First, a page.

A friend ended up in the hospital after her first spinning class. Her muscles were injured and her kidneys were affected. Is spinning dangerous?
Andrew Weil, M.D. | October 17, 2017
Like other forms of exercise, spinning isn’t dangerous as long as you ease into it. Beginners especially need to be careful not to push too much to keep up with an instructor’s urging to work harder and harder. One possible, though rare, consequence of going all out when beginning a new type of exercise is a dangerous disorder called rhabdomyolysis, which may have been what your friend experienced. This condition results from the death of muscle fibers and release of their contents into the bloodstream. These compounds can harm the kidneys and can lead to kidney failure without prompt treatment.
Over the past few years doctors have reported an upswing in cases of rhabdomyolysis related to spinning. The condition can also occur during military training, marathon running, and other forms of strenuous exercise.
Symptoms of rhabdomyolysis include mild muscle soreness and swelling, fatigue, nausea and vomiting. Urine may turn red or as dark as a cola beverage. Diagnosis is confirmed by detecting elevated blood levels of the enzyme creatine phosphokinase (CPK).
In April 2017, a team of physicians from Westchester Medical Center in Valhalla, NY reported three cases of rhabdomyolysis, all of which occurred among relatively young adults who were newcomers to spinning. In one case, a 33-year-old woman had to stop exercising after only 15 minutes because she felt lightheaded and vomited. Four days later she sought medical treatment for thigh pain, tenderness, swelling and weakness. She was diagnosed with rhabdomyolysis and required a two-week hospital stay. In the second case another 33-year-old woman complained of similar symptoms; her kidney damage required hemodialysis. The third case was that of a 20-year-old man who had severe thigh pain and couldn’t lift his legs three days after spinning. The researchers cited an earlier report of 46 cases of rhabdomyolysis related to spinning classes: 42 of the affected individuals were first-time spinners.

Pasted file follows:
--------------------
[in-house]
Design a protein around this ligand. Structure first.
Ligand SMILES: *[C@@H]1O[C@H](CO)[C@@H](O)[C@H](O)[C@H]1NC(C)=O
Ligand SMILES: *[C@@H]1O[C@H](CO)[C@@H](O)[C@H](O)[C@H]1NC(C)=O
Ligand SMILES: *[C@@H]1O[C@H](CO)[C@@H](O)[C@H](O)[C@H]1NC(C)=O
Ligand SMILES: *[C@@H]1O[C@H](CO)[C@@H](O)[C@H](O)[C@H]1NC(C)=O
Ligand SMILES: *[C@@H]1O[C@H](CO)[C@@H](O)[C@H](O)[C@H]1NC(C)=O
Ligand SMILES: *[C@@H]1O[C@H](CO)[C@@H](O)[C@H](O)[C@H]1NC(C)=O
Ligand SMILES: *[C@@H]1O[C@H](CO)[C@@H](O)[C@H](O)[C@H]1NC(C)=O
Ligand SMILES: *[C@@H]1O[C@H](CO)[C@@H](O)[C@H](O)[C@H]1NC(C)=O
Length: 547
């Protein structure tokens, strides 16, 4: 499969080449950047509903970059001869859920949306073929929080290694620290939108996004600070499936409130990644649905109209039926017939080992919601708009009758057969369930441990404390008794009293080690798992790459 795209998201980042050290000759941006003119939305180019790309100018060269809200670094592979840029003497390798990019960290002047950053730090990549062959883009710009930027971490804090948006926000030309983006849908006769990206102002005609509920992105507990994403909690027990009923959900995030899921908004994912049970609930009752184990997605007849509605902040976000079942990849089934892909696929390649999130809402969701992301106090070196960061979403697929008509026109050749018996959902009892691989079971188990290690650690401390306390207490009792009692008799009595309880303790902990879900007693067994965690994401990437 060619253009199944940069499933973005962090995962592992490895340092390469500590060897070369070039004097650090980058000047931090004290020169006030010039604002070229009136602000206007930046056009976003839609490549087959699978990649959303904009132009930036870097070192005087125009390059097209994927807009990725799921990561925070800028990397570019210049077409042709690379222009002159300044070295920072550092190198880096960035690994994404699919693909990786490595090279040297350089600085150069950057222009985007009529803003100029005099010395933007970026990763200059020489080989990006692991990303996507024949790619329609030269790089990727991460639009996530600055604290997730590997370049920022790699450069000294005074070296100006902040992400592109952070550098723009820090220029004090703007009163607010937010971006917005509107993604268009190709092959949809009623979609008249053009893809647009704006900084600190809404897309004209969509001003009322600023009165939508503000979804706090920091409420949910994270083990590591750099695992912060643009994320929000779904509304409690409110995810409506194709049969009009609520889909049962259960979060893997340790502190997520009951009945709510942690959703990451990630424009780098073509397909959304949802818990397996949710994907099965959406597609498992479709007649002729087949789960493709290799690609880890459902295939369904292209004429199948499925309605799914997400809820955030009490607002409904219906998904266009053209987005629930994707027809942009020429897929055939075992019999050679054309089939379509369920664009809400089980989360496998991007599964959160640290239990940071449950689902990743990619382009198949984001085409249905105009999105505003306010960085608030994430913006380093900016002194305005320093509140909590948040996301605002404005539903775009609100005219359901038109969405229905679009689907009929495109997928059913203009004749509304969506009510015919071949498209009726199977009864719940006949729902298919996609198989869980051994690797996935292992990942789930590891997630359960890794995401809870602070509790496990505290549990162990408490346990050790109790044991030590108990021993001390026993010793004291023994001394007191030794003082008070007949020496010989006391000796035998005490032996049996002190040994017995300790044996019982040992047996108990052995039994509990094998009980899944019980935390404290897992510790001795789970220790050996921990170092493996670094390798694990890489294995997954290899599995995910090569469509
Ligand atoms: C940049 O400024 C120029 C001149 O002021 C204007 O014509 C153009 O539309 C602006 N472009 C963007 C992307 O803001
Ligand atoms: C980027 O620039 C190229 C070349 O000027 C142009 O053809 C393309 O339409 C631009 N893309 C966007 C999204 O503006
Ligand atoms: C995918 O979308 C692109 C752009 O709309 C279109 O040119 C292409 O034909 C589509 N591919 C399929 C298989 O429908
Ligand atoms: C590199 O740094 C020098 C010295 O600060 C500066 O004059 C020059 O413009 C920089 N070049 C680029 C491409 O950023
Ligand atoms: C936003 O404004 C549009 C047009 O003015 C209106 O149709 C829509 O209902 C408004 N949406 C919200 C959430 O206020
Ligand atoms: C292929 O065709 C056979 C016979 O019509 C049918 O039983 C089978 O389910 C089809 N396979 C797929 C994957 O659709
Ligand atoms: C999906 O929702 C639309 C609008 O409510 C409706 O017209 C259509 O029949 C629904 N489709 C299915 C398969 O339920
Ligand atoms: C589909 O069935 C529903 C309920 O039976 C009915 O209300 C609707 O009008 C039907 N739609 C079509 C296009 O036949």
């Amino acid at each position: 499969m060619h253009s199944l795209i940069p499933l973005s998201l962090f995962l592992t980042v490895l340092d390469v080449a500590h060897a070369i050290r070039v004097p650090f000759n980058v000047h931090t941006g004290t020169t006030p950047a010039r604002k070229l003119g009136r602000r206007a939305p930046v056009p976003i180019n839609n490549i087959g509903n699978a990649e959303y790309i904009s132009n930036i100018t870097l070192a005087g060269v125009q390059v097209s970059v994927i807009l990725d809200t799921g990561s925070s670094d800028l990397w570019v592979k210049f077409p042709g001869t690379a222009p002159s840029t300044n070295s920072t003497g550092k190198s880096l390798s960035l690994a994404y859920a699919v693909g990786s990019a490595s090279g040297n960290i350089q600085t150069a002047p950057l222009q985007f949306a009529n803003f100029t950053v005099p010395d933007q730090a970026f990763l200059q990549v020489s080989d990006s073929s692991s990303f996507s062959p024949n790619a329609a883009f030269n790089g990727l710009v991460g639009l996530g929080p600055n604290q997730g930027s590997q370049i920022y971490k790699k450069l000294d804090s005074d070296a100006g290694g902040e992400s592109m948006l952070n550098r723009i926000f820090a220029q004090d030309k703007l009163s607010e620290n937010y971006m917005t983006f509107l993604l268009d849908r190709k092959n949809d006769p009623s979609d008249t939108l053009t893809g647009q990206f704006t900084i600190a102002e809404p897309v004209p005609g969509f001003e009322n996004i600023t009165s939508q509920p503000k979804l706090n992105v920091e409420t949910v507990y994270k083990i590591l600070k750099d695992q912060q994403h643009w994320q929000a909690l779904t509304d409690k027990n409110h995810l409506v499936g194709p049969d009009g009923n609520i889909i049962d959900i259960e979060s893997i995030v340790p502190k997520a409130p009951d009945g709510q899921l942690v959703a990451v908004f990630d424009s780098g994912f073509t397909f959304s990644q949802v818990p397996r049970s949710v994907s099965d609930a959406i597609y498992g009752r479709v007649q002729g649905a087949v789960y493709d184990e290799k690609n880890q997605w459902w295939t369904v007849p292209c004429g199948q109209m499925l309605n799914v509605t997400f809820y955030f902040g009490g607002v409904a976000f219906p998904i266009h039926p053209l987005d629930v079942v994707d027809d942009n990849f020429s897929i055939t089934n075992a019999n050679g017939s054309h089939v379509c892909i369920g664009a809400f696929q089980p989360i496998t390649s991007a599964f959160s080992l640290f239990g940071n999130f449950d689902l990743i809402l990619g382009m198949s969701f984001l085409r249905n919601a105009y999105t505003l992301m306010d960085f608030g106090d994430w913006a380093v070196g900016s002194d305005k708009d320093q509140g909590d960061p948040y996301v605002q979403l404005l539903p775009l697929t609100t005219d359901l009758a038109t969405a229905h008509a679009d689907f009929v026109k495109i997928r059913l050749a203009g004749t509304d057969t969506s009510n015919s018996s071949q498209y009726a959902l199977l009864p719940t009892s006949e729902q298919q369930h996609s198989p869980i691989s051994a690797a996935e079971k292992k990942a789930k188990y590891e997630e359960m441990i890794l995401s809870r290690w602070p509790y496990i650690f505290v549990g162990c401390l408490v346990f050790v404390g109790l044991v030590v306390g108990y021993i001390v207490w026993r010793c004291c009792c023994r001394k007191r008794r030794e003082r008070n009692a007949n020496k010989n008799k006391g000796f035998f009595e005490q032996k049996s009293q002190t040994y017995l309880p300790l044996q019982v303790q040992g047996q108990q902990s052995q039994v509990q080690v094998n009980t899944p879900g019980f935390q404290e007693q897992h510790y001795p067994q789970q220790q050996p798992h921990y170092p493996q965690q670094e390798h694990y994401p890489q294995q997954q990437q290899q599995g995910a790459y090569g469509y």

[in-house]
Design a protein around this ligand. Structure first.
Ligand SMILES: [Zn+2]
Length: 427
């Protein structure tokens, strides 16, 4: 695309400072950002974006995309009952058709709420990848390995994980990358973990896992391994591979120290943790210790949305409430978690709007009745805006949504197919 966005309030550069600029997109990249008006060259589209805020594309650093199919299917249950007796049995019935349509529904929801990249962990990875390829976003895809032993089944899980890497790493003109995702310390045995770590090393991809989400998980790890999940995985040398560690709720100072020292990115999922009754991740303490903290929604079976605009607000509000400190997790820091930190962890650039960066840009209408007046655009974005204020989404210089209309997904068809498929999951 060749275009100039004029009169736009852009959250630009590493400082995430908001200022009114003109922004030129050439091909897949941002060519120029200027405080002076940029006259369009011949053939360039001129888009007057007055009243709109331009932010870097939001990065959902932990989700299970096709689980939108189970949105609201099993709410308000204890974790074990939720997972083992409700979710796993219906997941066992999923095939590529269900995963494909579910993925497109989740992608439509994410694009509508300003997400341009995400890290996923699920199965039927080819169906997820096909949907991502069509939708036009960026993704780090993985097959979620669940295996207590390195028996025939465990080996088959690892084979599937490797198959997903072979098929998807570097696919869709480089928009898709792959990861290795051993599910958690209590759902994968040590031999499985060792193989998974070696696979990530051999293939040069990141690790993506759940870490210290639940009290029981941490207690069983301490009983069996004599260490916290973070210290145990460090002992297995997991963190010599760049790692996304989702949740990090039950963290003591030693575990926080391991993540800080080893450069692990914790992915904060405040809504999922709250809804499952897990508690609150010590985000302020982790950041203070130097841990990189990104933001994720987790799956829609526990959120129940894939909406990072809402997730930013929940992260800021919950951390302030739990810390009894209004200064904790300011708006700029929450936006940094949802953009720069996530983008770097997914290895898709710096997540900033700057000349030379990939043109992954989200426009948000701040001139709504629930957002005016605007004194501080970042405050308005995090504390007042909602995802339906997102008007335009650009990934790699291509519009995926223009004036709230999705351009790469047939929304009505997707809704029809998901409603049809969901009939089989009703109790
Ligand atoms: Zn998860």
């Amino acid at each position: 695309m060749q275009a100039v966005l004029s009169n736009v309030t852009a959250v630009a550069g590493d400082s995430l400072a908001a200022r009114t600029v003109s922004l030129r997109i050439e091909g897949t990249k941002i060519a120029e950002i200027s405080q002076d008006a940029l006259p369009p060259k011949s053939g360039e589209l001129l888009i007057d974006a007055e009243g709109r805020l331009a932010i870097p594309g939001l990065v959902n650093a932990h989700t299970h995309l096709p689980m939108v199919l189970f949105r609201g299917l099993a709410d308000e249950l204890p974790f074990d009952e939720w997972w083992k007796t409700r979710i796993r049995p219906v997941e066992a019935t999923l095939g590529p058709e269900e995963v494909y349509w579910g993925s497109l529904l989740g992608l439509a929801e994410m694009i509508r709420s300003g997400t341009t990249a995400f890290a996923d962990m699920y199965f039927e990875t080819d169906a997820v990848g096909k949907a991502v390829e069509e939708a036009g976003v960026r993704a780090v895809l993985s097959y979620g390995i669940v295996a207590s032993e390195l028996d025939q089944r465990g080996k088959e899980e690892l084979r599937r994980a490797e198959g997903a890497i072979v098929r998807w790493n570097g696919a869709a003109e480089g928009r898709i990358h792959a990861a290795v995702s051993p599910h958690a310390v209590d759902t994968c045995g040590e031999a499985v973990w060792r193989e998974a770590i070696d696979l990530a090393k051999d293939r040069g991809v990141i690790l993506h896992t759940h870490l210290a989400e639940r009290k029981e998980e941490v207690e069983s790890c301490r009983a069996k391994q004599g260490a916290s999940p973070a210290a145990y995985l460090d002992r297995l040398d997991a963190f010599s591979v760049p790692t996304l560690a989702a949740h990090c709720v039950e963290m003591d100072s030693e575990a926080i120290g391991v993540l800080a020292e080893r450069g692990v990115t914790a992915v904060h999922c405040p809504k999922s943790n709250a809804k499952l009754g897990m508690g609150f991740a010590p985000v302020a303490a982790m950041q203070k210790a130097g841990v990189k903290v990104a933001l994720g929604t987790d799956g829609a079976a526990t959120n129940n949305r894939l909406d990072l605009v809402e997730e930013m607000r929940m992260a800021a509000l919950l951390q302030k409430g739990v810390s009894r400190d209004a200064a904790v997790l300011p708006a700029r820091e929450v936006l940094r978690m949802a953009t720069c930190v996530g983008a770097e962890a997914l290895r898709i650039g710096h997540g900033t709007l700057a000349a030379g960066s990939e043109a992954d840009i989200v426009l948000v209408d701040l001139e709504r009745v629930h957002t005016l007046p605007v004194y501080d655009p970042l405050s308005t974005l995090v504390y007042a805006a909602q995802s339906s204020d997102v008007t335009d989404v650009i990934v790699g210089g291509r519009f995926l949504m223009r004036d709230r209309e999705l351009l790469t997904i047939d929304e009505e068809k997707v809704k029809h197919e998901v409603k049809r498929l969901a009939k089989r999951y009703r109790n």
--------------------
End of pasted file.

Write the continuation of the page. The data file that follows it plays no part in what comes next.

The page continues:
Rhabdomyolysis seems more likely to occur in people who are new to this form of exercise. It is vital for beginners to know how to gradually increase the time and pace on an indoor cycle as well as to recognize the importance of staying well hydrated. Spinners should also avoid nonsteroidal anti-inflammatory drugs (NSAIDs), because the combination of dehydration, bacterial or viral infections, NSAIDs, and rhabdomyolysis amounts to what researchers have called “a perfect storm for the kidneys.”
If you’re considering taking up spinning, be aware of the risks of rhabdomyolysis, its signs and symptoms and the importance of seeking prompt medical treatment if any develop.
There’s nothing wrong with spinning itself or high intensity workouts in general. Just take it easy at first and don’t push yourself beyond your limits.
Andrew Weil, M.D.
Maureen Brogen et al, “Freebie rhabdomyolysis: a public health concern. spin class-induced rhabdomyolysis.” American Journal of Medicine, April 2017, DOI: dx.doi.org/10.1016/j.amjmed.2016.11.004